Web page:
If it isn't provocative, it isn't art, and looking at the latest exhibit at a London museum, it definitely lives up to the statement.
If I told you a computer made it into a museum, you'd probably think of an Intel 386 or a Pentium I. But instead, a MacBook Air and a Western Digital hard drive made it to the Victoria and Albert (V&A) Museum in London.
But those aren't your ordinary, everyday MacBook Airs and Western Digitals, these components belonged to The Guardian and held whistleblower Edward Snowden's leaked documents.
The newspaper was forced to destroy the computers holding these documents, and the Guardian's editors did so – under the watchful eye of the GCHQ personnel.
Now the remains of those destroyed machines made its way to the V&A's new exhibition about "the museum as a public space and the role of public institutions in contemporary life".
Disconcertingly titled All of This Belongs to You, the exhibition is to include "three specially curated displays," among which is Ways to be Secret, which will examine what the curators describe as "the contradiction between our concern for online privacy and our obsession with sharing via social media", The Register reports.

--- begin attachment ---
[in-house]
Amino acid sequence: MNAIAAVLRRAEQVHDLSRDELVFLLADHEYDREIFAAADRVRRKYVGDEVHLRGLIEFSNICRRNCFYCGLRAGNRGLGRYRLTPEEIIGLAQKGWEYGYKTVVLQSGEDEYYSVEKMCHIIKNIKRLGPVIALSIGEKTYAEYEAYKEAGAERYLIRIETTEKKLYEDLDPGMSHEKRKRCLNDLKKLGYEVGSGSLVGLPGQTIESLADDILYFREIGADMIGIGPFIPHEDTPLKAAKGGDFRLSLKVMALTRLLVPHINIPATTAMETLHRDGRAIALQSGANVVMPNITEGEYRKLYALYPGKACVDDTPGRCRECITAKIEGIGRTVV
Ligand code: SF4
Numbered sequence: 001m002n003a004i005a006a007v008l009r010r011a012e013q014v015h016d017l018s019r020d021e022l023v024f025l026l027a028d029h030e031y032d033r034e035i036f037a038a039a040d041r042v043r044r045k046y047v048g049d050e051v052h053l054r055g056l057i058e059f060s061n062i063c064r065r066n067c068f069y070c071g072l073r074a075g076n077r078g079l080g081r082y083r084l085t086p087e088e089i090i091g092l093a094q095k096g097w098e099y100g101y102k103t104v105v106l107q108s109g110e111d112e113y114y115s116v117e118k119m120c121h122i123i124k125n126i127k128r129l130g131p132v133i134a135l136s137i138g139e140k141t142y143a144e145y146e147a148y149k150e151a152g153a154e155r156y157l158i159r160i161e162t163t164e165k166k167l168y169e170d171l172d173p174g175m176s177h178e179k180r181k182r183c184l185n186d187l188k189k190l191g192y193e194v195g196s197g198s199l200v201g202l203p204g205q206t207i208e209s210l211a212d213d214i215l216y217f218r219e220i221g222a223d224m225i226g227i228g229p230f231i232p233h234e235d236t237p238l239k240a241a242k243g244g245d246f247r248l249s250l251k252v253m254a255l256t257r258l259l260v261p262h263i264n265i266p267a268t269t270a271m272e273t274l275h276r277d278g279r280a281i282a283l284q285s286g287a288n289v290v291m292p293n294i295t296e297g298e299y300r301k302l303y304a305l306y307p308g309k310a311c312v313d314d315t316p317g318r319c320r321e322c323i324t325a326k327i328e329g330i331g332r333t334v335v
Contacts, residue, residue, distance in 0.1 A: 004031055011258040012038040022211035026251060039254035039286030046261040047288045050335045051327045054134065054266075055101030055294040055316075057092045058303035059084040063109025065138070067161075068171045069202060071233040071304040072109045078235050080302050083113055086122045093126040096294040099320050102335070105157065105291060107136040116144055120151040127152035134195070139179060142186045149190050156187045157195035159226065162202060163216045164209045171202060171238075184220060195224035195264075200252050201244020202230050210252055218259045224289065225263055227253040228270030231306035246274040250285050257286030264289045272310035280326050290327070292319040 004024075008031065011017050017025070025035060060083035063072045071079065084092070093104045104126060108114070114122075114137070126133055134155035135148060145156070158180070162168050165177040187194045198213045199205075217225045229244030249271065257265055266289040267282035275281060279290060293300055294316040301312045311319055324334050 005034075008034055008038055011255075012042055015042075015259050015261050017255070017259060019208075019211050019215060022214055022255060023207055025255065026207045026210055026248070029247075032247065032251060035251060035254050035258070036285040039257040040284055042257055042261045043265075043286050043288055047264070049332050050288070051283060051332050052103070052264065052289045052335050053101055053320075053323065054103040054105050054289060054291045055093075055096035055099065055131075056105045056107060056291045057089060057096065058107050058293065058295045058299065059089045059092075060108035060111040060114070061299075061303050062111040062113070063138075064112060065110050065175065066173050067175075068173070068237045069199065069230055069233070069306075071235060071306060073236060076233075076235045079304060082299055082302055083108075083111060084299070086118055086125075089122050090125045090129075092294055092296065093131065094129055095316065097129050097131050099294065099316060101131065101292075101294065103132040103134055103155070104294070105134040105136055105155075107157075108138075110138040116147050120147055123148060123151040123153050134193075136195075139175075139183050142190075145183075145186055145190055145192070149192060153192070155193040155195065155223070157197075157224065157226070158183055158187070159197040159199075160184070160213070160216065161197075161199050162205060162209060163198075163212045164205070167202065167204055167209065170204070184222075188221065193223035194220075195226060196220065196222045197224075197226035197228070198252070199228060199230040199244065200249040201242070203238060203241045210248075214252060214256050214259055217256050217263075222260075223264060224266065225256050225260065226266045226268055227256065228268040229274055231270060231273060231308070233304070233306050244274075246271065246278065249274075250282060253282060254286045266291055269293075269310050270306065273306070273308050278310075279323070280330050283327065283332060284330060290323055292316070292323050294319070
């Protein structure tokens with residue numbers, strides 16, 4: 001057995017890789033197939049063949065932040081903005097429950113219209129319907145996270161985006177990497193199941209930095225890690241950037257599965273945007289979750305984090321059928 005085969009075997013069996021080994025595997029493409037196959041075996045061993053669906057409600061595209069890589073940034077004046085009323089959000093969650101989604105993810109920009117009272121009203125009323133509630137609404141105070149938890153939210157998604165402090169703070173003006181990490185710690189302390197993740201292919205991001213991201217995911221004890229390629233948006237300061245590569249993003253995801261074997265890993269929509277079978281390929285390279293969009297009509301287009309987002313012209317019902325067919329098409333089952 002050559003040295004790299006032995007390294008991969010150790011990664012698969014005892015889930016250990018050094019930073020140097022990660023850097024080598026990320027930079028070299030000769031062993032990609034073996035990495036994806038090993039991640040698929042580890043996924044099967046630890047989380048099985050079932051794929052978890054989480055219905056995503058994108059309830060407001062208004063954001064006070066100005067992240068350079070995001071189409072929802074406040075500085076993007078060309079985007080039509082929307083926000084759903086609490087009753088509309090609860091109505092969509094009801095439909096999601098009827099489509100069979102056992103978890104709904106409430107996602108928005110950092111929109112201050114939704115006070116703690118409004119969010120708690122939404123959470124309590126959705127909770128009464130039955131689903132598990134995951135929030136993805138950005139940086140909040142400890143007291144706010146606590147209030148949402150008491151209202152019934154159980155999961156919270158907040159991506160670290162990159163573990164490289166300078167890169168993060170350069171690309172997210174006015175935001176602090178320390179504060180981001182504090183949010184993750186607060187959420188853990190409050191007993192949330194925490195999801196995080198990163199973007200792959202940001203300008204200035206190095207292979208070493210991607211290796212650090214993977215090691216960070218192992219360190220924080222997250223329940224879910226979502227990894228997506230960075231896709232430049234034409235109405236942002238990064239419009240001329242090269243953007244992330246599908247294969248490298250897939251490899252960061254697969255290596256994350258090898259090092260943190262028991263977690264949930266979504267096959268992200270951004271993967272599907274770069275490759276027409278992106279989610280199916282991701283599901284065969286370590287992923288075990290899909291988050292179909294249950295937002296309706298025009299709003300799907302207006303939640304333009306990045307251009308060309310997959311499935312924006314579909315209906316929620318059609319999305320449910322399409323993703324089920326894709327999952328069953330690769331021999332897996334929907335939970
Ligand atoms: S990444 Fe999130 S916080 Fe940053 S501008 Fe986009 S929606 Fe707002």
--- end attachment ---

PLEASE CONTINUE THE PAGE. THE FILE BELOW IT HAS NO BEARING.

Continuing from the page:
The exhibition is free to attend, and it runs from now until 19 July 2015.
The hardware itself isn't particularly old or unusual, but its role in cybersecurity journalism and the Snowden leaks should make it a provocative exhibit nonetheless, Engadget says.